Researchers have studied the remains of King Tutankhamun for over 90 years and are still unable to decisively conclude what caused his death.
Ancient Egyptian King Tutankhamun was born Tutankhuaten and was most likely the son of the controversial ruler, Akhenaten. During Akhenaten’s 30 year reign, he had attempted to do away with the state religion, which was based on the worship of many gods, and in its place set down the worship of only one god, the sun disk Aten. He even built a new capital city, Akhenaten or el-Amarna, to honor the god. This turned the religion-based world of the Egyptians upside down, making Akhenaten a despised ruler.
Tut: the Boy King
The reign of Tutankhamun, 1332-1322 B.C., would therefore be critical in restoring Egyptian religion and politics. But Tut was only a boy when he became king, and relied heavily on a team of advisers and generals to assist him.
Tut did manage to move the capital of Egypt from El-Amarna back to Memphis, re-establishing Thebes as the religious center of Egypt. Along with this, Tut and his young wife, Ankhesenamun, dropped the “-aten” part of their names and replaced them with “-amun” to symbolize the renewal of worship of the traditional gods.
These two accomplishments would seem to foretell a promising rule, but the young king died suddenly at age 19 and was hastily buried in a tomb which was not meant for a king, with his treasures haphazardly organized. Could this have meant that his tragic death was simply unexpected, or is it part of the body of evidence for a possible murder?
CT Scan of King Tut’s Mummy
Howard Carter and his team of explorers discovered the tomb of King Tut in 1922 in the Valley of the Kings, and subsequently performed an autopsy on his mummy in 1925 to determine the cause of his death. Carter and his team were unable to determine if the king was murdered, but cut Tut’s mummy into several pieces, reassembling it on the bed of sand that the mummy rests on today.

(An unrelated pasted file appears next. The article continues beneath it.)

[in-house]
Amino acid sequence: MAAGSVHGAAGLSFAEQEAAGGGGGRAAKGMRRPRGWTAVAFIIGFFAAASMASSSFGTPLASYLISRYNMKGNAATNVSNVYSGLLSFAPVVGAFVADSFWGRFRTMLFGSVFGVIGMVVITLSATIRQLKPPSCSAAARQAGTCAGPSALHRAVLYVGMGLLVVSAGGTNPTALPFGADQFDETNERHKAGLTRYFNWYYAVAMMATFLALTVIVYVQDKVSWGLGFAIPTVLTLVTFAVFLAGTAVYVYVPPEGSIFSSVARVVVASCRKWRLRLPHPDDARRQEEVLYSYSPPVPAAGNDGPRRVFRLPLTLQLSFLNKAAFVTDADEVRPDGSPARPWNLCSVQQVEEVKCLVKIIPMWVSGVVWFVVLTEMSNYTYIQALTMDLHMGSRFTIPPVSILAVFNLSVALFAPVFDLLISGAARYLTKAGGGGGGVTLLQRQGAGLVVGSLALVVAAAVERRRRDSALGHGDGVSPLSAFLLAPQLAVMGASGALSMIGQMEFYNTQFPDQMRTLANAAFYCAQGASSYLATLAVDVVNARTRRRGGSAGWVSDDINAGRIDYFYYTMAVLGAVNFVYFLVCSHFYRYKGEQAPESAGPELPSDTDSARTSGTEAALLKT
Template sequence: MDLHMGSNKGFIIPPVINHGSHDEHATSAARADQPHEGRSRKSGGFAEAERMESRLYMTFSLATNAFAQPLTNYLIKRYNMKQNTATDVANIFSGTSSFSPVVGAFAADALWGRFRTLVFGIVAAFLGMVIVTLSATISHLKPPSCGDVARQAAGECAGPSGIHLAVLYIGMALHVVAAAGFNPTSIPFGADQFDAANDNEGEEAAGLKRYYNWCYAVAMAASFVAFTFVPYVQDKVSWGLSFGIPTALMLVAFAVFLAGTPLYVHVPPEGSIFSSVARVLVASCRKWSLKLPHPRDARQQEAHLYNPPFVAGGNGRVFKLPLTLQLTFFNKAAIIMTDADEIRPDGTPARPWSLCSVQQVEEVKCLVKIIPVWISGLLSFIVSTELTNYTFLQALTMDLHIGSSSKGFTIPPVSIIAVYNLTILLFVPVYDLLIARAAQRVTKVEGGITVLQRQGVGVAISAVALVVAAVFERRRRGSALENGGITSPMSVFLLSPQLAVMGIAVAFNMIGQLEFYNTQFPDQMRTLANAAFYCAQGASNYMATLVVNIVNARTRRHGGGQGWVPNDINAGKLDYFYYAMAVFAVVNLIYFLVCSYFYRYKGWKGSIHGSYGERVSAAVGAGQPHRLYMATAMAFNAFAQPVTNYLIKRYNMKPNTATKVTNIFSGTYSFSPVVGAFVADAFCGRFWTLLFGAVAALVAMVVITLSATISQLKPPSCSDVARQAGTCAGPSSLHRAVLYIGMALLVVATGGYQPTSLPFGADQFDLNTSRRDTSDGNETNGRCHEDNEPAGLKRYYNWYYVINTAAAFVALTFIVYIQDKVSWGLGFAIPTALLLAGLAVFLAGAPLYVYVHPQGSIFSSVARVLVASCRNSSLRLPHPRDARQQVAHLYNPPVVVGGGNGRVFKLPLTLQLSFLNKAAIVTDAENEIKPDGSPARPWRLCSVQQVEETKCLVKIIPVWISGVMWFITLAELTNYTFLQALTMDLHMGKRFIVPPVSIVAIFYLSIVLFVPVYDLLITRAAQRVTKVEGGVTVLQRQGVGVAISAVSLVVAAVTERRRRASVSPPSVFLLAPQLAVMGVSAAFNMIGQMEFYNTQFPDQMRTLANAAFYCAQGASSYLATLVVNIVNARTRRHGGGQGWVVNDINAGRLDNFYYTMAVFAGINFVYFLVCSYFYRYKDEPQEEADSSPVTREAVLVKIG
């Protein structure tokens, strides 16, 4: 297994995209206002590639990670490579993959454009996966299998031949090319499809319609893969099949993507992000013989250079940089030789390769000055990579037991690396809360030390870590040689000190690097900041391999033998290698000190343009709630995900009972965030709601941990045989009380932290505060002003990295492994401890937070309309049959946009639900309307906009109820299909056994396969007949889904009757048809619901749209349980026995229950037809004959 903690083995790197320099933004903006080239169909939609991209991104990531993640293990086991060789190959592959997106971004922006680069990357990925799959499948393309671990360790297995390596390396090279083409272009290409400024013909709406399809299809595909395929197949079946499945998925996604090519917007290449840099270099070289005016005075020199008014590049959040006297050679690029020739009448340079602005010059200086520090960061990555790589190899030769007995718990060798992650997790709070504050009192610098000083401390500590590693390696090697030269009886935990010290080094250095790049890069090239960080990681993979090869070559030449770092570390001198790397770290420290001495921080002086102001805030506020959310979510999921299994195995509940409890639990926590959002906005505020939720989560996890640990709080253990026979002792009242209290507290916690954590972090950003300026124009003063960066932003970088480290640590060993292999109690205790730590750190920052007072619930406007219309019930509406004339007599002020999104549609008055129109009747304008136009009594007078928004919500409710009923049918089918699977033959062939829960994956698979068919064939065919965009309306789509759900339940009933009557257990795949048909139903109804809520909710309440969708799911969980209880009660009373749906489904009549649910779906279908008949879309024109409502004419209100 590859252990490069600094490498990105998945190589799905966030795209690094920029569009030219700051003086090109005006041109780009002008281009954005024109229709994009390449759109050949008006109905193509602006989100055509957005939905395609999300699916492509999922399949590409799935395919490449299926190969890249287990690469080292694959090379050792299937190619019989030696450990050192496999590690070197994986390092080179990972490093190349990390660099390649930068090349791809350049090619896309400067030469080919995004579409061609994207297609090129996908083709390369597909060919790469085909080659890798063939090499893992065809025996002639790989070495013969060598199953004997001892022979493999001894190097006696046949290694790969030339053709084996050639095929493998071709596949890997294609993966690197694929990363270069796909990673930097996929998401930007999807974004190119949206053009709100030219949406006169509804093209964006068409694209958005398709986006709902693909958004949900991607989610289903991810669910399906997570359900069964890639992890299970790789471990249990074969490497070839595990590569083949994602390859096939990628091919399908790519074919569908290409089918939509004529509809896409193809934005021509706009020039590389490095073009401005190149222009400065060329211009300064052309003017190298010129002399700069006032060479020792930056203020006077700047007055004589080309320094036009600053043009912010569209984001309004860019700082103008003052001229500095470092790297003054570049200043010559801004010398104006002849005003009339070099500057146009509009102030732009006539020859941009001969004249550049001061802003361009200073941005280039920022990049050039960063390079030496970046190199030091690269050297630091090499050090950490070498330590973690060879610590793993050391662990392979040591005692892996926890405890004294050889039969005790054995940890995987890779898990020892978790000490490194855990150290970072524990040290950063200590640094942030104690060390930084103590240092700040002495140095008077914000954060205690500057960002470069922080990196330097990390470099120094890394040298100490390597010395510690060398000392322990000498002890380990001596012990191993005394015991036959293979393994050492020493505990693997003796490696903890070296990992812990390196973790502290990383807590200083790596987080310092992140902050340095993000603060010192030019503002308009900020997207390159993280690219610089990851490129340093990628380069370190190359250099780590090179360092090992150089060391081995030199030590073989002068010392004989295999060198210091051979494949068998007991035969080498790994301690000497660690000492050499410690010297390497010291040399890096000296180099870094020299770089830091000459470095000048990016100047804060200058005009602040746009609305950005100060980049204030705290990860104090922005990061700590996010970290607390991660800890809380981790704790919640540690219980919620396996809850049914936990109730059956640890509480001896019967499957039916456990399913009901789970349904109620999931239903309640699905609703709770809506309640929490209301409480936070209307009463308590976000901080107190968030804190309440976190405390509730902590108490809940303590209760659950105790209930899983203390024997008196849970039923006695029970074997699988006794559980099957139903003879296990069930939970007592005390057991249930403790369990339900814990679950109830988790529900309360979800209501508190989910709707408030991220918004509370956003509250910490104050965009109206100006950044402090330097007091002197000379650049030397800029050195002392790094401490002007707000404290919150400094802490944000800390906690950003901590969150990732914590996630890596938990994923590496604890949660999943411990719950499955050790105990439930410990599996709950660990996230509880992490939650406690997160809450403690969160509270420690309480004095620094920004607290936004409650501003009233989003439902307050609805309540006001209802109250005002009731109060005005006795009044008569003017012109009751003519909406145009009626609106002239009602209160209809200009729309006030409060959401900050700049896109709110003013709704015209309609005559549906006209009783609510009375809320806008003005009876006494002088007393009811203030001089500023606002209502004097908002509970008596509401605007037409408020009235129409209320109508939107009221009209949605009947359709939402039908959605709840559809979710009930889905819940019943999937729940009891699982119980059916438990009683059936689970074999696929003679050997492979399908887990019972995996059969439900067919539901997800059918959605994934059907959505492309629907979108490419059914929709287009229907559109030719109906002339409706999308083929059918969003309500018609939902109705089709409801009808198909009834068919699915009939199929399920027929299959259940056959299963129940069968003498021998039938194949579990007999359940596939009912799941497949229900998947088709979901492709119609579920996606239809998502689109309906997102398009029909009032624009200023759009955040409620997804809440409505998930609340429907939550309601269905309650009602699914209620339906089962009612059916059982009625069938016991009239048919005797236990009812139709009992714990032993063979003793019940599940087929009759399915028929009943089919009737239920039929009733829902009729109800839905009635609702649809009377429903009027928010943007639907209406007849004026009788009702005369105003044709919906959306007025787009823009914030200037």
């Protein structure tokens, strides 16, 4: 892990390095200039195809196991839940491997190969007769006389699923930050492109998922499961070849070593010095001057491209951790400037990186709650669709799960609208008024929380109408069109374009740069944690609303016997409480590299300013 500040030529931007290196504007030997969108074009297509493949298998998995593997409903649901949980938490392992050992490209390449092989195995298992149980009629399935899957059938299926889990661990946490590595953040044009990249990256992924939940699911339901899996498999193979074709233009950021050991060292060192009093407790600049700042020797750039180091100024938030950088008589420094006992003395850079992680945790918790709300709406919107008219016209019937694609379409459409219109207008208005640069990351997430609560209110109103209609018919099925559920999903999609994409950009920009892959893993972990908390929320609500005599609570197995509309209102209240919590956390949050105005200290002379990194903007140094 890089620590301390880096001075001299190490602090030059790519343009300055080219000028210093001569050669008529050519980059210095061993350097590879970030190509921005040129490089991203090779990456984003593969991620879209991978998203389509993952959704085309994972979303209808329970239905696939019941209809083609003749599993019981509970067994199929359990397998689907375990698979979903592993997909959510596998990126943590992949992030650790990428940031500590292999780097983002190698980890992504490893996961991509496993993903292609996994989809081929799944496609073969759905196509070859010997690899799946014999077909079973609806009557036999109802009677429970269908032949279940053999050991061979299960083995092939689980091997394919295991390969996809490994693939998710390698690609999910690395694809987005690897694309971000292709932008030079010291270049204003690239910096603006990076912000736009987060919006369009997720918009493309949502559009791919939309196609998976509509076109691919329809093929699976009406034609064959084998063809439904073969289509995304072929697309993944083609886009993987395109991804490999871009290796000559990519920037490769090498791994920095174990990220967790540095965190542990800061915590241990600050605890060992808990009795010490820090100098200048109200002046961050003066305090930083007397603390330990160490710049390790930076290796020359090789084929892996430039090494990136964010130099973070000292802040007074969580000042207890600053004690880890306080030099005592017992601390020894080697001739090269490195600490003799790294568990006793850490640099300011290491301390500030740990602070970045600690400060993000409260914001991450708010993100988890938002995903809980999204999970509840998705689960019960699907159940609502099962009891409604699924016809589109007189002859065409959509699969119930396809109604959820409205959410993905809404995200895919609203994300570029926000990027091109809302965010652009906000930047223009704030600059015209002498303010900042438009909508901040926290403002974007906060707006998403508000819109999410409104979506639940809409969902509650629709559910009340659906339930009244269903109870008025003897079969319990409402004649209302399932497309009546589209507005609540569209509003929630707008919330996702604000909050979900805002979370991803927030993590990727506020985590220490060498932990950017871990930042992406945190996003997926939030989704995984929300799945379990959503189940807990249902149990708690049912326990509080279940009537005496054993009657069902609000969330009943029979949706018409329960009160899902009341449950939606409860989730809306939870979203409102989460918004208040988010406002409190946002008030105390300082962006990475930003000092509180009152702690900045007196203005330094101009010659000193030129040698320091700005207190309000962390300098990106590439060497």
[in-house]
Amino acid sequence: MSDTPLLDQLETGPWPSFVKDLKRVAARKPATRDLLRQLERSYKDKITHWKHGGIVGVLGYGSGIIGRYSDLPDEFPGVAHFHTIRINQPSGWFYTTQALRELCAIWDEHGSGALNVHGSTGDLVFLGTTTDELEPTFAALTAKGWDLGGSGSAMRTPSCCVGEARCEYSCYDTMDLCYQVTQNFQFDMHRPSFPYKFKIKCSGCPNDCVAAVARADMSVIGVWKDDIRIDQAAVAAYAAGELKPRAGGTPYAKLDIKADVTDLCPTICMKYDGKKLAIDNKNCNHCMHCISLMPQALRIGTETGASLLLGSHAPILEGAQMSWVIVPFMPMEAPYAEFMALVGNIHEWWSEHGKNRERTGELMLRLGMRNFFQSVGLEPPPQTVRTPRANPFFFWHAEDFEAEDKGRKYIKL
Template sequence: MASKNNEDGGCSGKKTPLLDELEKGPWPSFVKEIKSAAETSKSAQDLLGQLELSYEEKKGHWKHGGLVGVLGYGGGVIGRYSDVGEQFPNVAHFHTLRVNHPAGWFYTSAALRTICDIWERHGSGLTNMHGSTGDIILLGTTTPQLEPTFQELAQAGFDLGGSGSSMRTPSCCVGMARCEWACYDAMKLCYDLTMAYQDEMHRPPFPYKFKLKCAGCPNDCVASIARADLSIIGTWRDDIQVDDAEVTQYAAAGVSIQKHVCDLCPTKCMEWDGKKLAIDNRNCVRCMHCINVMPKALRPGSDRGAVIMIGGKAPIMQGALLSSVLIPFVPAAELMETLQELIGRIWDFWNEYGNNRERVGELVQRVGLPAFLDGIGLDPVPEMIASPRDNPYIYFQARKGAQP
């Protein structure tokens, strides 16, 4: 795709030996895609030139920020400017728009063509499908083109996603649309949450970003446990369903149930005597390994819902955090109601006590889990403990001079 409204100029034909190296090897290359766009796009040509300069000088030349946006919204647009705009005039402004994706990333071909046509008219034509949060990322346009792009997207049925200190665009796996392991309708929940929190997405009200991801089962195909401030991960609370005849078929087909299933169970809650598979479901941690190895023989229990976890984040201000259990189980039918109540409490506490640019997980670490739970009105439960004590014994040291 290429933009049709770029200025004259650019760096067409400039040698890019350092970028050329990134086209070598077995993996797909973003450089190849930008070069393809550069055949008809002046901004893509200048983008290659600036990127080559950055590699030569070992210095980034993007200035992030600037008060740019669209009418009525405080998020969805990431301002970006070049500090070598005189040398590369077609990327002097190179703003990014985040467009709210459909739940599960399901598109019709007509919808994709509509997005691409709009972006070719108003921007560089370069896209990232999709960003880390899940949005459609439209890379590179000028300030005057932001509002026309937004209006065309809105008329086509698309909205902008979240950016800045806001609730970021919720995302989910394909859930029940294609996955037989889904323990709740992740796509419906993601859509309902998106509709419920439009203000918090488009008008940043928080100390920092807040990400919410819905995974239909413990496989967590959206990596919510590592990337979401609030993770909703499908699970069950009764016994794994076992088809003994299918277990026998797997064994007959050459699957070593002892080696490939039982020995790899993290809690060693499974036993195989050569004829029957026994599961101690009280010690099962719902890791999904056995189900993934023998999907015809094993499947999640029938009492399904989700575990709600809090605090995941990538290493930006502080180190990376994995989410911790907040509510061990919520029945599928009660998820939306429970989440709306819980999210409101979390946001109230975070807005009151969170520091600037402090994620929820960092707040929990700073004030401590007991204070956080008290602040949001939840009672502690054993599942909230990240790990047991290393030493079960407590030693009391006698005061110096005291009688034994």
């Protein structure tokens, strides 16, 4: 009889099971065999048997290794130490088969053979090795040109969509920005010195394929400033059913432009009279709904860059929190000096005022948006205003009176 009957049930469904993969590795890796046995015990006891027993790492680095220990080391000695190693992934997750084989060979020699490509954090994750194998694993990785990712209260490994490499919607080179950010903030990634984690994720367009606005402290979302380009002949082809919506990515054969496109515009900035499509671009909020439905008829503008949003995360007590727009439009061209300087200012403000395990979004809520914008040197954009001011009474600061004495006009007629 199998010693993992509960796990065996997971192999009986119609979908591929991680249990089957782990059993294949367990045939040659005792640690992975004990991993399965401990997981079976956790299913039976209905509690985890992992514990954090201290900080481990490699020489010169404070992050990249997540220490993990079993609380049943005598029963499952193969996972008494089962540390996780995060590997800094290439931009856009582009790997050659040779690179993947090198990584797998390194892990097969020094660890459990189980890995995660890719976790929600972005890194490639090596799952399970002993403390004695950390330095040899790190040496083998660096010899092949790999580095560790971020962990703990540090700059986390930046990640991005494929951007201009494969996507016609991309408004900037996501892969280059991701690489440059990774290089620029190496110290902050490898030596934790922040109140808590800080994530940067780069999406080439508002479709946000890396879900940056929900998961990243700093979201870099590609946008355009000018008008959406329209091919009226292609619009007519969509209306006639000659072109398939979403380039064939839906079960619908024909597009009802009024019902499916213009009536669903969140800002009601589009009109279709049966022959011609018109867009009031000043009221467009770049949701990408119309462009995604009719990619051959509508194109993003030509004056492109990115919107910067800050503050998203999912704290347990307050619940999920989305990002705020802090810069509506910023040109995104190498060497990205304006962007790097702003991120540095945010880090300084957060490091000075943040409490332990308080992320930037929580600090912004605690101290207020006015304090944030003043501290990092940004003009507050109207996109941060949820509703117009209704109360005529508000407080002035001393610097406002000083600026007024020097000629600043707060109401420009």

Decades later in 2005, a team of Egyptologists led by Zahi Hawass of Egypt’s Supreme Council of Antiquities were given one-time permission to scan Tut’s mummy using a CT Scan, generating 1,700 highly detailed three-dimensional images of his remains and allowing the scientists to differentiate between the injuries Tut received while alive, during the embalming process, and during the 1925 autopsy.
The team spent two months reviewing the images, calling in several international experts to work with them, and announced their conclusions on March 8, 2005. They denounced any murder theories and determined that damage done to Tut’s skull, including floating bone fragments, took place most likely after his death, either during the embalming process or the investigation done by Carter’s team.
Furthermore, a clump of matter found at the base of Tut’s skull, which was thought to be a blood clot from a traumatic blow to the back of the head, turned out to be nothing more than a hardened lump of embalming resin.
The team did find that Tut had two broken legs, and that a fracture to his lower left femur likely happened while he was still alive. He could have had an accident on his chariot, as his breastbone and some of his ribs were missing. They suggest he may have died from an infection caused by one these injuries.
Cause of King Tut’s Death Remains Unknown
Tut would have been highly susceptible to accidents and injuries, as the fused vertebrae in his neck suggest he may have suffered from Klippel-Feil Syndrome, a disease in which one cannot turn one’s head without moving the entire torso.
The team that performed the CT scan admitted that it is still possible his injuries and subsequent infection could have resulted from some kind of murder attempt or staged accident, but that he did not die of head trauma, which had been a popular theory for many decades.
Essentially, they were able to rule out a fatal blow to the head as cause of death and overall, did not believe he was murdered. However, with the hasty embalming, botched 1925 autopsy, and thousands of years of potential evidence contamination in between, the world may never know what really killed Egypt’s most famous king.
- Dorfman, Andrea and Jeffrey Kluger. “Who Killed King Tut?” Time Europe 160, no. 12 (2002): 58-60.
- Inman, Mason. “Blow to Head Didn’t Kill King Tut.” Science Now (2005): 2-3.
- Reeves, Nicholas. The Complete Tutankhamun: The King, the Tomb, the Treasures. London: Thames & Hudson Ltd, 1990.
- Williams, A.R. “King Tut.” National Geographic 207, no. 6 (2005): 3-21.
- “CSI Egypt: Who Killed King Tut?” Current Events 102, no. 16 (2003): 1-4.
- “Unmasking King Tut.” Time 165, no. 21 (2005): 66-67.